Directed by Deborah Mulhall
542 King Street, Newtown
Season: 22 - 26 September
We Fight, We Win, We Carry On…
It may be the English way to ‘carry on’ in the face of adversity, conveying an air of nobility and resolution. Yet we must consider whether the mindless obedience to orders in warfare can ever truly be noble, or whether it inevitably leads to both internal and external destruction. Deborah Mulhall’s production of Britannia Waves the Rules engages with a plethora of issues in the discussion of the morality of warfare, entrancing the audience with its poeticism and yet not shying away from depicting the brutality of war.
In a small place like Blackpool, England, young people may feel like they are trapped with limited job prospects and no way to escape – then the army comes along promising to show you the world, as you receive training and a good salary. Joining the army seems to hold all the answers for Carl, dripping with newfound excitement for the life ahead of him. However once he reaches Afghanistan, he begins to see things in a different light.
A splendid dichotomy between language and physical action is embodied in the work, through Carl’s contrasting aspirations. The brutality of war is juxtaposed against the striking lyricism of Carl’s poetic endeavours, and this disparity is further enhanced through his poetry itself. Vincent Andriano’s performance as Carl is spellbinding as he seethes with anger and frustration, until he channels this emotion on the battlefield with unsettling results. With admirable fitness and energy, Andriano never tires but rather captivates the audience with his story. Andriano is supported with a strong cast on all fronts, with Jane Angharad as Goldie and Alan Faulkner as Carl’s Father personifying the rigid disconnect between life at war and the return to home. Nick Rowe and Patrick Cullen take on multiple roles, but especially serve to develop the atmosphere at war, with success.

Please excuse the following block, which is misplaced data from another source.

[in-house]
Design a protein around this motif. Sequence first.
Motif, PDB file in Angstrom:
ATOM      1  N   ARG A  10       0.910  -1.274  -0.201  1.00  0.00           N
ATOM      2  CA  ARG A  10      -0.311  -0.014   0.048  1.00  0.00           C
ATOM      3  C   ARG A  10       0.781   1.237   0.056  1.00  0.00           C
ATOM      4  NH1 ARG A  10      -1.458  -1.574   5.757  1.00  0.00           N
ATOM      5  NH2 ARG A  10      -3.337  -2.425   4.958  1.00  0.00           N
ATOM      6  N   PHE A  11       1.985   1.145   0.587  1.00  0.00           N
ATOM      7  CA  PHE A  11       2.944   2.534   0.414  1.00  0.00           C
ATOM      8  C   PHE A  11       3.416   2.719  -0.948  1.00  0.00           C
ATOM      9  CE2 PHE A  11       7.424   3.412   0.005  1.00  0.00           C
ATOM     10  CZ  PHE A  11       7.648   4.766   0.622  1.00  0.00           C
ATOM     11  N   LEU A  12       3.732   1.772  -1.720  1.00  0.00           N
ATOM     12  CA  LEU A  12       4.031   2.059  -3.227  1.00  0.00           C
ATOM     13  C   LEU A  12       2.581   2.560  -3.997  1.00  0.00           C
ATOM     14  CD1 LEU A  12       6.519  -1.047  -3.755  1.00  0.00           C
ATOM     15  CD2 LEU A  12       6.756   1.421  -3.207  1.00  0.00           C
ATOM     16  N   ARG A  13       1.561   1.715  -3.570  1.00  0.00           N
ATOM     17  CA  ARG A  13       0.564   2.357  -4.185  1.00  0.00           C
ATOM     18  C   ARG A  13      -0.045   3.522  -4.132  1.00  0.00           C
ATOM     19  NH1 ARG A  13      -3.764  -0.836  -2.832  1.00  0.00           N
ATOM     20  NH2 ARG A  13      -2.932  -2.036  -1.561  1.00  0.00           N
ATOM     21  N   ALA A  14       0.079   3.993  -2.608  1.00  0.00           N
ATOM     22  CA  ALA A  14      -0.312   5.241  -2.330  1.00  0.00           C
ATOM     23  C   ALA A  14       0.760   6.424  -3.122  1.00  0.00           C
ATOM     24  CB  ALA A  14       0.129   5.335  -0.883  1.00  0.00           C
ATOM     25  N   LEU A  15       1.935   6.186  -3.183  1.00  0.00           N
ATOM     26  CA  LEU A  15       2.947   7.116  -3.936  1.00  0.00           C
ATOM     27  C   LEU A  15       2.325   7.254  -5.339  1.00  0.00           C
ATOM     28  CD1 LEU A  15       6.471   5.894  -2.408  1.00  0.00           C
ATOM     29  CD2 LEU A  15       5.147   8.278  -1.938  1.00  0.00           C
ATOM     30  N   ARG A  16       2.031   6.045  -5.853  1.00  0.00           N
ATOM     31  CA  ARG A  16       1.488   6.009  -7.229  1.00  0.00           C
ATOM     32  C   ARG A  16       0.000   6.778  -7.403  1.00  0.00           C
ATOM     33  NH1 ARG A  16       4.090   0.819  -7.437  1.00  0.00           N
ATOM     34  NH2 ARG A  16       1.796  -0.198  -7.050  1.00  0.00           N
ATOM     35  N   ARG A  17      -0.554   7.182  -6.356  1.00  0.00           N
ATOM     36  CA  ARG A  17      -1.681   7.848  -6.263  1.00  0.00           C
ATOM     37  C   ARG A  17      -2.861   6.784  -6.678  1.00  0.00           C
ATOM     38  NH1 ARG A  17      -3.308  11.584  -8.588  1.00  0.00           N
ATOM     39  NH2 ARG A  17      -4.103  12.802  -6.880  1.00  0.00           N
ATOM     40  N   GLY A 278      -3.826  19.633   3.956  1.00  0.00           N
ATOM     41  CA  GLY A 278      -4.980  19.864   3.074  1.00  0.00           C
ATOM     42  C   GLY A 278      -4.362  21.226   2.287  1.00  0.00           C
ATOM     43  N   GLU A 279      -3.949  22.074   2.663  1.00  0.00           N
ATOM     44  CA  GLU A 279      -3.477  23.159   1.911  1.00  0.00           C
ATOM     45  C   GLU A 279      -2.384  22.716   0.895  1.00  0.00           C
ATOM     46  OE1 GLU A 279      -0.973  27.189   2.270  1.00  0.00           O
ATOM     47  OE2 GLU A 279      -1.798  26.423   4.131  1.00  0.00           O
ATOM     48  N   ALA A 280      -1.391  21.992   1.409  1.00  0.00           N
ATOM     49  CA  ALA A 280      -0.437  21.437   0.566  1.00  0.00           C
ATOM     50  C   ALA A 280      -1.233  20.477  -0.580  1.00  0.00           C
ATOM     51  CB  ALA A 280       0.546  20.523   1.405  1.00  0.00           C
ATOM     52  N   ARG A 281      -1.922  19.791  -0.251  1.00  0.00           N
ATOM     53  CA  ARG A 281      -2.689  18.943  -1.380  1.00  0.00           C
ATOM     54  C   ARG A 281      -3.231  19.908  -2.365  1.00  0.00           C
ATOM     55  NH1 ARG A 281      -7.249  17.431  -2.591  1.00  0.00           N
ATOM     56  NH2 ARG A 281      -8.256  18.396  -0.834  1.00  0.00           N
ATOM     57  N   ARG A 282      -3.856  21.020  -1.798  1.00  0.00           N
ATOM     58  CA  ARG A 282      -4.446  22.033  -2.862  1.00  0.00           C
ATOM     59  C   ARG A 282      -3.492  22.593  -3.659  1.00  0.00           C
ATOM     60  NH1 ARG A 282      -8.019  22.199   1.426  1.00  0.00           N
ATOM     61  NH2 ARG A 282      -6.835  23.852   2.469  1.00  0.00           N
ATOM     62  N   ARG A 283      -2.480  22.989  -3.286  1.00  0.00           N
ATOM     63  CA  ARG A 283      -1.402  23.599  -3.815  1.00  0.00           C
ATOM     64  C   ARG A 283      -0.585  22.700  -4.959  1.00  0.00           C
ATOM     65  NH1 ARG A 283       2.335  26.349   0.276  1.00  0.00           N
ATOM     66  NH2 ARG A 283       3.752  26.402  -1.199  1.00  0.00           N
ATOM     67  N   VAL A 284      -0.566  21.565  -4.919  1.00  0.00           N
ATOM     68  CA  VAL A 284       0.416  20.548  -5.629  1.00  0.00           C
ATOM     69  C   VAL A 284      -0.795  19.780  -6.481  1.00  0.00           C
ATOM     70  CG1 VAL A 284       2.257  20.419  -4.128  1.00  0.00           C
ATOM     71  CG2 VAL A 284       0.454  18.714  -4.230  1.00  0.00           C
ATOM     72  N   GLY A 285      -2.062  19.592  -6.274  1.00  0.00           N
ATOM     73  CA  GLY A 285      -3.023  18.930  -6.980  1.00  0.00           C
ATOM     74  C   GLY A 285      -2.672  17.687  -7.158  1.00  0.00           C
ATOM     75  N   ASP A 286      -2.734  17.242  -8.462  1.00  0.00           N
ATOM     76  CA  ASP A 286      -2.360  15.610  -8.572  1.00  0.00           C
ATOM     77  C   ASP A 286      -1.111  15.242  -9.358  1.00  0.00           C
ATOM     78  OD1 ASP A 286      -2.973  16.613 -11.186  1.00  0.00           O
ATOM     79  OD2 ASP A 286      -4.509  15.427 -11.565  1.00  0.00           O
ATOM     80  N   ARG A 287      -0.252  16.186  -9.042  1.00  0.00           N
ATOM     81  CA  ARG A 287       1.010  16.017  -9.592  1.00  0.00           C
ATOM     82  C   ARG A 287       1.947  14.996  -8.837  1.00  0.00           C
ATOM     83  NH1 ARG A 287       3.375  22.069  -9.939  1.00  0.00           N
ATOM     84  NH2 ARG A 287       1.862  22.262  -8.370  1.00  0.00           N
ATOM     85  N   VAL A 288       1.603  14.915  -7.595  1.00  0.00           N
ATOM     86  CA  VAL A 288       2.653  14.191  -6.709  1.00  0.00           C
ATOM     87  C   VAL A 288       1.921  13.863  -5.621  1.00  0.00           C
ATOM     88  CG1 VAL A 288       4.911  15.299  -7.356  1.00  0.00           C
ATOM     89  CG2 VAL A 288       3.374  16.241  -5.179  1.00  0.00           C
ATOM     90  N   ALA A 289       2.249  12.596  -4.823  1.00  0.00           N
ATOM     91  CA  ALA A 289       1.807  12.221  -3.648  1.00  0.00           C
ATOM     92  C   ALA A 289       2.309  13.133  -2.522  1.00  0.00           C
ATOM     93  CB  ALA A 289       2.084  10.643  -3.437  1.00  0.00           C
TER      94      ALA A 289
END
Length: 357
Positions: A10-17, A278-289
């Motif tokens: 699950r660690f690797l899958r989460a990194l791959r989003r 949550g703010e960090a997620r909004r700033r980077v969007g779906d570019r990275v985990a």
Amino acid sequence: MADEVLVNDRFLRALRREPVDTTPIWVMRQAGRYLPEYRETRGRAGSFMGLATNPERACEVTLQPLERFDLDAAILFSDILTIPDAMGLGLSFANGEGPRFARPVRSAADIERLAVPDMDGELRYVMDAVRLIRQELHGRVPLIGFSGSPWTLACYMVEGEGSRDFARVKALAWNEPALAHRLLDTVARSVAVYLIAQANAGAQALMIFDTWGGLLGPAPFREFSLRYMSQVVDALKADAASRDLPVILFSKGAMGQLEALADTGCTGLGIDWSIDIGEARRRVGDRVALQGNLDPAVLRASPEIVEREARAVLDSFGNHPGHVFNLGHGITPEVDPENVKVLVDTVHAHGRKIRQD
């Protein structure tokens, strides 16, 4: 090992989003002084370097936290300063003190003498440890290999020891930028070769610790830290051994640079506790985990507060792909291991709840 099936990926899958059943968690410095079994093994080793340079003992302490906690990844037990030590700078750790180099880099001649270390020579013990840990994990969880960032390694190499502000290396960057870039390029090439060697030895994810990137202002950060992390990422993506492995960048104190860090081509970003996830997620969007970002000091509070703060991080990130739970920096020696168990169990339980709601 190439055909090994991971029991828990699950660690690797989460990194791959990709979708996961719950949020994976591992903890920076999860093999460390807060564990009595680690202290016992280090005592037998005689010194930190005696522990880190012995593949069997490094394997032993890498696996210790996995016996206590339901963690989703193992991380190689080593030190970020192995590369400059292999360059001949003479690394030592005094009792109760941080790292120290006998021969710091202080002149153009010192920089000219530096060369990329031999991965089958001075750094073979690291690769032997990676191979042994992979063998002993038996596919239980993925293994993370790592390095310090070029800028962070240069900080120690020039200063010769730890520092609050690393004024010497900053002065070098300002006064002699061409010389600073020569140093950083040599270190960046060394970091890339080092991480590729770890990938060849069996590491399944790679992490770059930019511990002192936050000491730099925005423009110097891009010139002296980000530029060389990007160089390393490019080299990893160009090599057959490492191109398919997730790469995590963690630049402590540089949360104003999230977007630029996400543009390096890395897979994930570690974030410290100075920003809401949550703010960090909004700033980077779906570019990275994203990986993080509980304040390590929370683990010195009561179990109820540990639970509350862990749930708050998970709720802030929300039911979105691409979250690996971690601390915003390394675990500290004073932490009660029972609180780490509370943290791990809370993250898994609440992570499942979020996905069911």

Gareth Farr’s writing in this play is undoubtedly exquisite. But this production does not rest on its laurels. The actors exert their all to bring this story to life, to the point that the audience feels a deep empathetic response to the characters’ experiences. Ultimately, Britannia Waves the Rules speaks to a resounding sense of hopelessness. This hopelessness is arresting, and demands a response, no matter how bleak the outlook. The vast disconnect between acceptability in our society and acceptability at war forces soldiers into actions that unnerve any reasonable person. This work begs the question - when must it end?